Kerala health department keeps close eye on mutant variant of COVID-19

The mutation that happened to Novel Coronavirus in six countries has sparked concerns in Kerala also.

Published: 14th November 2020 04:11 AM  |   Last Updated: 14th November 2020 04:12 AM   |  A+A-

coronavirus, PPE, COVID 19

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Express News Service

THIRUVANANTHAPURAM: The mutation that happened to Novel Coronavirus in six countries has sparked concerns in Kerala also. The state health department which is closely monitoring the situation is learnt to have sought the help of the Animal Husbandry Department to identify the mutated variant of SARS-CoV-2 virus - which is now known as 'cluster 5' - in the state's context. The mutation that has now been reported appears to have spread from animals (mainly mink) to humans.

These types of outbreaks have been reported from Denmark, Netherlands, Sweden, Italy, Spain and the US. At the same time, officials point out that the state’s infrastructure is grossly inadequate to tackle the challenges due to the absence of high-end facilities at centres like State Institute for Animal Diseases.

"The reports that are coming out are worrying. Definitely, it is another challenge. The department will work in tandem with the Animal Husbandry Department to get a clear picture and initiate necessary measures to prevent transmission from humans to animals and back to humans," said an officer, who is part of the state-level team in COVID management.

Meanwhile, an official at the State Laboratory for Livestock Marine and Agri Products (SLMAP) under Animal Husbandry Department said that any cases of human to animal transmission of Covid- 19 and vice-versa are yet to be documented in the state.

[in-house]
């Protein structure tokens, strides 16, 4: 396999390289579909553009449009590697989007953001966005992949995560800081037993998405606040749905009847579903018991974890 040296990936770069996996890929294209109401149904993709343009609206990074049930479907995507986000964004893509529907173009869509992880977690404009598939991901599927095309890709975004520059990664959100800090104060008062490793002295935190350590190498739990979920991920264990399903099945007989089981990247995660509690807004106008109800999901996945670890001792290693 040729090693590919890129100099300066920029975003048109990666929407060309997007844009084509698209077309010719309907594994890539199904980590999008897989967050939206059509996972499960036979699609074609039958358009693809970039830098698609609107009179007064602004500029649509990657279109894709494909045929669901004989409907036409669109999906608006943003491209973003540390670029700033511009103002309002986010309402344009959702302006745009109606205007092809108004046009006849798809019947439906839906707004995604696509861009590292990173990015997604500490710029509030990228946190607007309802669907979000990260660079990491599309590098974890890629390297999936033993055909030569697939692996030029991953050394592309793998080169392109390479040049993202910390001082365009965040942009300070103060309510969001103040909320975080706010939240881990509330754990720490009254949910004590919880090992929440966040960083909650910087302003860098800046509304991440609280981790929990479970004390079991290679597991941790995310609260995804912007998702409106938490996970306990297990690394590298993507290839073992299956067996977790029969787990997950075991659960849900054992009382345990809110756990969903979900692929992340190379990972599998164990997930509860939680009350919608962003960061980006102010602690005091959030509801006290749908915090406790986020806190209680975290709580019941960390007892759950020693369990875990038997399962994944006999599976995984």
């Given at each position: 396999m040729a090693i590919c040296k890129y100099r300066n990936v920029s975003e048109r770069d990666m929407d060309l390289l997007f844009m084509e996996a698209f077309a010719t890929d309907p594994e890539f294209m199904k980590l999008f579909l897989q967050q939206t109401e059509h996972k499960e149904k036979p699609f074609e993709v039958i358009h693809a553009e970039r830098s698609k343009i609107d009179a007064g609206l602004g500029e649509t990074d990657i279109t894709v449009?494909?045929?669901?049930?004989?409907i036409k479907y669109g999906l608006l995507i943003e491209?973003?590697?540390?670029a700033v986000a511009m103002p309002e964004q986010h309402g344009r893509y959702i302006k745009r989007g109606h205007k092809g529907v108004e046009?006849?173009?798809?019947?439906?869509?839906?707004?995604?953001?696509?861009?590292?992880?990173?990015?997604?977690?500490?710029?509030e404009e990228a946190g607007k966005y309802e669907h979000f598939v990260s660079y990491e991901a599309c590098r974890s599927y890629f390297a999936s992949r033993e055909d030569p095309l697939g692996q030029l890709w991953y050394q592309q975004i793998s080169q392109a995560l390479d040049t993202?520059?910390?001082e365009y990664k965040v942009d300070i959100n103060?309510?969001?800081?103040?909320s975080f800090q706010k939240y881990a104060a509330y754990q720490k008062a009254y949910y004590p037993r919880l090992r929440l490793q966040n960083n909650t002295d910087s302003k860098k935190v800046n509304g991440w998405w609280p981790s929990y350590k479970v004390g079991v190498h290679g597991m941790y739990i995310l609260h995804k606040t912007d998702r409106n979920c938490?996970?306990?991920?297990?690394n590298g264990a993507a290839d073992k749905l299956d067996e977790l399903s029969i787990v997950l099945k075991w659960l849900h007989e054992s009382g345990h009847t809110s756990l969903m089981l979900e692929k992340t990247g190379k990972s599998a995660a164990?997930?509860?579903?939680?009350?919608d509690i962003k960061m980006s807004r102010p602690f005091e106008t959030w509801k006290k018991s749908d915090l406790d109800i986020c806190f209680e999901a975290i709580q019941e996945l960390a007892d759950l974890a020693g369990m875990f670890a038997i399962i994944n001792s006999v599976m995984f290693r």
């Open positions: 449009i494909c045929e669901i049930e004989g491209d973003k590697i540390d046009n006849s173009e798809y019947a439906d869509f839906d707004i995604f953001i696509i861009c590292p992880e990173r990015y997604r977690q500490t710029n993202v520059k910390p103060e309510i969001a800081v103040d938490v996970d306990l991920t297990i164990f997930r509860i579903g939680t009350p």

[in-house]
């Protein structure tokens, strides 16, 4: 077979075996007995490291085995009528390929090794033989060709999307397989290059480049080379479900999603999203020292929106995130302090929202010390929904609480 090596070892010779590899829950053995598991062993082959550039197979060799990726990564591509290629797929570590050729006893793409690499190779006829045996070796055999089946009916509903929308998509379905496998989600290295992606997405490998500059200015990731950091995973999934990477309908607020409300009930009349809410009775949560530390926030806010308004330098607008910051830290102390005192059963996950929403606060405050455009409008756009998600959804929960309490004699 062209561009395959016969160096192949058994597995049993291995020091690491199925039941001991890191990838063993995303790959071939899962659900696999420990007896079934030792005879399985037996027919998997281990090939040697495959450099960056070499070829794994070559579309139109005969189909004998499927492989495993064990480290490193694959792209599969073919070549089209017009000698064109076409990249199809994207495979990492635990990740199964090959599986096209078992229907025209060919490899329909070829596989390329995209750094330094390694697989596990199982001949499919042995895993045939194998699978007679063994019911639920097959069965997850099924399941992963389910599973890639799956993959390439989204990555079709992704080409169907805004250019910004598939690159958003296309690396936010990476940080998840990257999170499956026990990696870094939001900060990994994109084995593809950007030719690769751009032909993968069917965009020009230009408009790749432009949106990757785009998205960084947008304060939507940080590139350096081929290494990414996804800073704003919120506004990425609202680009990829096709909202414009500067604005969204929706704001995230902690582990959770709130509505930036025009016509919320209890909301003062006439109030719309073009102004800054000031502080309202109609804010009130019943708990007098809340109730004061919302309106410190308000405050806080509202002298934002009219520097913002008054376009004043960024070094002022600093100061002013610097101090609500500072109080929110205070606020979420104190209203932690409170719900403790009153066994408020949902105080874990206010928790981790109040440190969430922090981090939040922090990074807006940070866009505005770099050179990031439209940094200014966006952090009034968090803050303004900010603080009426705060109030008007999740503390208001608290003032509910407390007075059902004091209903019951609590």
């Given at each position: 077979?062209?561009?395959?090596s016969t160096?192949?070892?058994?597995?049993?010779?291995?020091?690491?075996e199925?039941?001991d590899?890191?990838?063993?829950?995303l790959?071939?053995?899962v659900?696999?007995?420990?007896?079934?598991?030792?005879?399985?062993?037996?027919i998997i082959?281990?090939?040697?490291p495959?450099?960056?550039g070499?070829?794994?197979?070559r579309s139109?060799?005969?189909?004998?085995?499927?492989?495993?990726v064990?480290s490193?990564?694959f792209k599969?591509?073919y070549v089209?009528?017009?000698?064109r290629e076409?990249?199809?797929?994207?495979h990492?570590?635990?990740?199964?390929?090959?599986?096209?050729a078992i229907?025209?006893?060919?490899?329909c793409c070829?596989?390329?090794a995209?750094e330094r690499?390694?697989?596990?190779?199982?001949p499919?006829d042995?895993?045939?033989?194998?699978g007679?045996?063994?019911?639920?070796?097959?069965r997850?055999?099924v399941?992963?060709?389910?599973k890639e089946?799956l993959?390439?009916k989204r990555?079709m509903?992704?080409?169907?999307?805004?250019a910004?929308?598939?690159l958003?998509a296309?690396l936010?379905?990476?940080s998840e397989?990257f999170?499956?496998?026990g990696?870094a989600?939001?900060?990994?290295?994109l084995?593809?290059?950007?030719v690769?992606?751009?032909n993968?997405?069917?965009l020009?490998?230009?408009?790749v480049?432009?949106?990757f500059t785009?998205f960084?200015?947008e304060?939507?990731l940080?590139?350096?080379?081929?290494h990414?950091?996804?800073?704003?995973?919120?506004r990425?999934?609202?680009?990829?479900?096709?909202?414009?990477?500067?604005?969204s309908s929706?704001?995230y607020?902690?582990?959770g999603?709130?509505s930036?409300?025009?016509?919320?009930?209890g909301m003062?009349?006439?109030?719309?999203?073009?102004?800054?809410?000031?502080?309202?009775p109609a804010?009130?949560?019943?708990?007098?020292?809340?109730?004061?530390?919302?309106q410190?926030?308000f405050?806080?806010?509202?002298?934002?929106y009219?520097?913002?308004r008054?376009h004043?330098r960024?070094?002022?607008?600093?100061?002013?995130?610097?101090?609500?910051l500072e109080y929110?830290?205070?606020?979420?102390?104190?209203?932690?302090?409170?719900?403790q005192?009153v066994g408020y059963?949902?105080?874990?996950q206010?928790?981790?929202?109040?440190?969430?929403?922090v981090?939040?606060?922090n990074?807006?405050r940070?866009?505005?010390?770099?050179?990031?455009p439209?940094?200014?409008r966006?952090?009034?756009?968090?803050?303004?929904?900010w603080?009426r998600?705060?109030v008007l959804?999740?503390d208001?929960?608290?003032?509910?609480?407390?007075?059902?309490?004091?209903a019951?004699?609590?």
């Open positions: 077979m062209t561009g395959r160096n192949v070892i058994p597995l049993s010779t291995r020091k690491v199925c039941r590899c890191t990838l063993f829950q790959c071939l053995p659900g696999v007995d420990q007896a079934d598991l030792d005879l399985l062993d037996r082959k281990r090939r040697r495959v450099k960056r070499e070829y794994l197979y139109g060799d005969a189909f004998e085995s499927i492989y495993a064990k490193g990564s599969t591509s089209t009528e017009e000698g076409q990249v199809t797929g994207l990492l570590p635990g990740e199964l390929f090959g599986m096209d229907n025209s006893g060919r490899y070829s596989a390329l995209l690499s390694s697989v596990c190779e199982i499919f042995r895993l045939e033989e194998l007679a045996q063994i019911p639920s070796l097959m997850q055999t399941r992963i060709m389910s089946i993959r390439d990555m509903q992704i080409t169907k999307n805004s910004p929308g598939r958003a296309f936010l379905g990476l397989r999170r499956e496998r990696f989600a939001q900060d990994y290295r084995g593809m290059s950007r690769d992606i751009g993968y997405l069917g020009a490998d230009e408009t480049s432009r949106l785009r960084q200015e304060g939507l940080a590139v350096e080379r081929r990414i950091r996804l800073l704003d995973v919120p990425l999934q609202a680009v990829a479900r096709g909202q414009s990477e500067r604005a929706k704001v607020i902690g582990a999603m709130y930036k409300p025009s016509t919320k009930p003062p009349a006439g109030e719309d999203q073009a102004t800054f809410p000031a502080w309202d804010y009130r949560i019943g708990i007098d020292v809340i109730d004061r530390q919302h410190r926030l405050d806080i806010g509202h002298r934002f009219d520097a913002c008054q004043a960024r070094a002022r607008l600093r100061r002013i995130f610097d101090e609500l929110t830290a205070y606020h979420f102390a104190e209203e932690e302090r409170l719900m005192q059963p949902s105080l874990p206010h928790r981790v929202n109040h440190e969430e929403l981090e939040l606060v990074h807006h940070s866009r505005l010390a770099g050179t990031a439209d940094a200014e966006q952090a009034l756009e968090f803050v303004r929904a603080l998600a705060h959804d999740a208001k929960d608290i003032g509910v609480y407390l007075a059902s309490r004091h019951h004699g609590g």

The official said that, in the light of emerging incidents, special care should have to be taken in the case of pets, especially cats. "Chances are high that the virus can spread from people to animals in some situations, especially after coming into close contact with a person who is COVID positive. This was what happened at the mink farms in Denmark. In Kerala it looks like cats are a potential source of getting infected with SARS-CoV-2. The same is the case with dogs. The livestock is also susceptible to the virus," said the official at SLMAP.

Earlier, in a guideline released by the health department in February, it was highlighted that unusual signs and symptoms or deaths in pets/domestic/ farm animals should be reported to the veterinary authorities. A warning was also issued against the unique chance for viruses to spill over from domestic/wild animals to human population.


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